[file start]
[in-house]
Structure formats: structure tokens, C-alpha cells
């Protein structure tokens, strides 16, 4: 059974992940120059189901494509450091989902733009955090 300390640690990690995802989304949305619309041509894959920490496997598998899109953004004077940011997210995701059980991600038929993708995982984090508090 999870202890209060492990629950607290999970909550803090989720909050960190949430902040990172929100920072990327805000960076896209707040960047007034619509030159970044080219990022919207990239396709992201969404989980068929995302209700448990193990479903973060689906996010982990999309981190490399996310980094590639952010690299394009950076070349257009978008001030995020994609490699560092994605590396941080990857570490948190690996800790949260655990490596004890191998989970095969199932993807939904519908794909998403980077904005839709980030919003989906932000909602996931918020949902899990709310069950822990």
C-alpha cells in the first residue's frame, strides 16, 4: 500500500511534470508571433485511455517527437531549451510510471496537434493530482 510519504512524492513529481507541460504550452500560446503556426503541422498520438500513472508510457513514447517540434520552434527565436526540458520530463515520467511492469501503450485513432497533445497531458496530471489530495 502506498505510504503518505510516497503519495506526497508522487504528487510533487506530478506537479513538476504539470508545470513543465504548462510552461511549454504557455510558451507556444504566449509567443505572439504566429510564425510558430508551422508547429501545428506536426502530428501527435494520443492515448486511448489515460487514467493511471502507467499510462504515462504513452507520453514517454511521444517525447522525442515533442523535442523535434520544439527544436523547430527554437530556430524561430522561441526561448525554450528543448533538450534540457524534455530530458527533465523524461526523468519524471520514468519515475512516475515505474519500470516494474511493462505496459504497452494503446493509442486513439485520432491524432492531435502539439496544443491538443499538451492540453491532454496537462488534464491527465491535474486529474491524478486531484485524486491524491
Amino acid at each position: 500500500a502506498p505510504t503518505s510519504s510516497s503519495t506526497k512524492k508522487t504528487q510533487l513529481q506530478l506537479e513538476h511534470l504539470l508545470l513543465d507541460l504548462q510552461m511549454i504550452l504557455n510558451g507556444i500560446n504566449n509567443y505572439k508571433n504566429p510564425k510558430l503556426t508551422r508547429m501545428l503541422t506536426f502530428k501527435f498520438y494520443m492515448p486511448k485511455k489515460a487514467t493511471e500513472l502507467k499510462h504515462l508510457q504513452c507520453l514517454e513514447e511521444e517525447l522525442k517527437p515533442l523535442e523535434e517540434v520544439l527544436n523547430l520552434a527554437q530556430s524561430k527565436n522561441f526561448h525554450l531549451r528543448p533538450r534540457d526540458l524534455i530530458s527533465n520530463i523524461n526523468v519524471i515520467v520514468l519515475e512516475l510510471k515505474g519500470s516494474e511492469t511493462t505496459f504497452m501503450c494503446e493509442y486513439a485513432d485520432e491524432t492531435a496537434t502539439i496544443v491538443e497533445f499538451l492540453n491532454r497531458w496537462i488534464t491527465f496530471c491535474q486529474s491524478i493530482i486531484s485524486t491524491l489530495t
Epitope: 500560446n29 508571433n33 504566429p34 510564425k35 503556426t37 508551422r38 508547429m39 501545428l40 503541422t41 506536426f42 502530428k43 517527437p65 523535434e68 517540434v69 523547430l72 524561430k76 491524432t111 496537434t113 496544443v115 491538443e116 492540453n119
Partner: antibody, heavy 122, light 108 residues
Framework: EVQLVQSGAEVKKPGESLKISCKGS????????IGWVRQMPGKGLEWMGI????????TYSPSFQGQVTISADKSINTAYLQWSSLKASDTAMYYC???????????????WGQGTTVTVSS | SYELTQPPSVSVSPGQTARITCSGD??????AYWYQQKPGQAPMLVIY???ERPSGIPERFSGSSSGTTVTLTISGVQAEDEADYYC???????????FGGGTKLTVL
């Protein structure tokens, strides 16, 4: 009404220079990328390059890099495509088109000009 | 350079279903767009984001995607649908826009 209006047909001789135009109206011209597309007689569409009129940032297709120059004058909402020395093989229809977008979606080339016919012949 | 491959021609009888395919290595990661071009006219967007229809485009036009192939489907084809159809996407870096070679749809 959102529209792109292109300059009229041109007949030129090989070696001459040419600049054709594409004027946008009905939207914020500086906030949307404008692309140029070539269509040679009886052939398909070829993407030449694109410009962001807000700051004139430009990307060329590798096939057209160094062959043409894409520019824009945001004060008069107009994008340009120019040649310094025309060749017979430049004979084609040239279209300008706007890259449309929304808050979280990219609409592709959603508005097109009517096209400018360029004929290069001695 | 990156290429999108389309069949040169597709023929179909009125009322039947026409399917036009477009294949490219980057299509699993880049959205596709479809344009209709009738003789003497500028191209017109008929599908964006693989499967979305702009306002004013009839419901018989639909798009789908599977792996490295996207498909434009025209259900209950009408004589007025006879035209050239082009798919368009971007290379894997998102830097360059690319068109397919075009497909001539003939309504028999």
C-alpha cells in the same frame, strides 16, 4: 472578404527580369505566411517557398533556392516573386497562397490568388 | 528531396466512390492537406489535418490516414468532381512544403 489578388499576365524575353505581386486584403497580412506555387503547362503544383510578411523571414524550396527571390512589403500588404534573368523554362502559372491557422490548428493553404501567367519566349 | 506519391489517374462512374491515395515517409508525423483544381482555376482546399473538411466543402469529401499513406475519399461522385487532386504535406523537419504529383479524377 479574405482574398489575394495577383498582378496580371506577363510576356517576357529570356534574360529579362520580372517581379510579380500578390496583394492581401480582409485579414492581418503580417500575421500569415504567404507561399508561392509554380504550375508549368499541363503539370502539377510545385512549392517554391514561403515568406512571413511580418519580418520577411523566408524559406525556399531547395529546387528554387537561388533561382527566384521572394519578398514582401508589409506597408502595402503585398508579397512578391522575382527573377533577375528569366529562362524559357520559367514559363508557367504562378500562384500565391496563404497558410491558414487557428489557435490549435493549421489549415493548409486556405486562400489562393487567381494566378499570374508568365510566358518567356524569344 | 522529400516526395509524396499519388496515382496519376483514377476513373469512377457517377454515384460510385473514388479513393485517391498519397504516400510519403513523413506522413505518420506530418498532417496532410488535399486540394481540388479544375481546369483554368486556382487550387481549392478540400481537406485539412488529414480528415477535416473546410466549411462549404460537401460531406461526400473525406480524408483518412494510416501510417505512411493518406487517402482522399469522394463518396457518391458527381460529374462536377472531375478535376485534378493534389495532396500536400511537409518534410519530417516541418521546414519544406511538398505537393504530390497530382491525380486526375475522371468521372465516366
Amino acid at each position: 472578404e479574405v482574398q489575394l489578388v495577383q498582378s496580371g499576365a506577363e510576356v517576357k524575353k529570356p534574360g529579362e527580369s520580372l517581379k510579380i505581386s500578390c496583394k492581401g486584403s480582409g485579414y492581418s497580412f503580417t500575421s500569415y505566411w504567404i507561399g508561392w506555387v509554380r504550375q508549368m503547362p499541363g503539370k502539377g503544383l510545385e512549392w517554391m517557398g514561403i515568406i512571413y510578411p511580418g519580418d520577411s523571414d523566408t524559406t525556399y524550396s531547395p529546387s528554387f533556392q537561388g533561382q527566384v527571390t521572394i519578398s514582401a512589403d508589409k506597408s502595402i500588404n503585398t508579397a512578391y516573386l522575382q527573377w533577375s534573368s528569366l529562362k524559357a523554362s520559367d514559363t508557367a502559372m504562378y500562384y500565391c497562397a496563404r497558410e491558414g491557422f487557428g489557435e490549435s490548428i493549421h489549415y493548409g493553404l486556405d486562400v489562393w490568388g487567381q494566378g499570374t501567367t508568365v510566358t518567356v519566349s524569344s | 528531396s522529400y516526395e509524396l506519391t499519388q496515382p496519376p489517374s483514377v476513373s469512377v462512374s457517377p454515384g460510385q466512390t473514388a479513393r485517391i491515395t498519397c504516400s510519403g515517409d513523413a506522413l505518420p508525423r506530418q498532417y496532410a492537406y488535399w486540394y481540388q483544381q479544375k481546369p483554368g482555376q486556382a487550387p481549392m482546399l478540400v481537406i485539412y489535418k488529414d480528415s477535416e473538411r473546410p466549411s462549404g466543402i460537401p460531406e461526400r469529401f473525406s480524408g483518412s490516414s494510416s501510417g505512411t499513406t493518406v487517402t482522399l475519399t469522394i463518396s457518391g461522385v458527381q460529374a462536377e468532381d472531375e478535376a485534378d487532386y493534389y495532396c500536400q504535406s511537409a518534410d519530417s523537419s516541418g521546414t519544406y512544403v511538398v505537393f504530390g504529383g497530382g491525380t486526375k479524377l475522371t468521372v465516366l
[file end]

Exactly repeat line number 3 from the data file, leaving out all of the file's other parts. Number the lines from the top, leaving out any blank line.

């Protein structure tokens, strides 16, 4: 059974992940120059189901494509450091989902733009955090 300390640690990690995802989304949305619309041509894959920490496997598998899109953004004077940011997210995701059980991600038929993708995982984090508090 999870202890209060492990629950607290999970909550803090989720909050960190949430902040990172929100920072990327805000960076896209707040960047007034619509030159970044080219990022919207990239396709992201969404989980068929995302209700448990193990479903973060689906996010982990999309981190490399996310980094590639952010690299394009950076070349257009978008001030995020994609490699560092994605590396941080990857570490948190690996800790949260655990490596004890191998989970095969199932993807939904519908794909998403980077904005839709980030919003989906932000909602996931918020949902899990709310069950822990």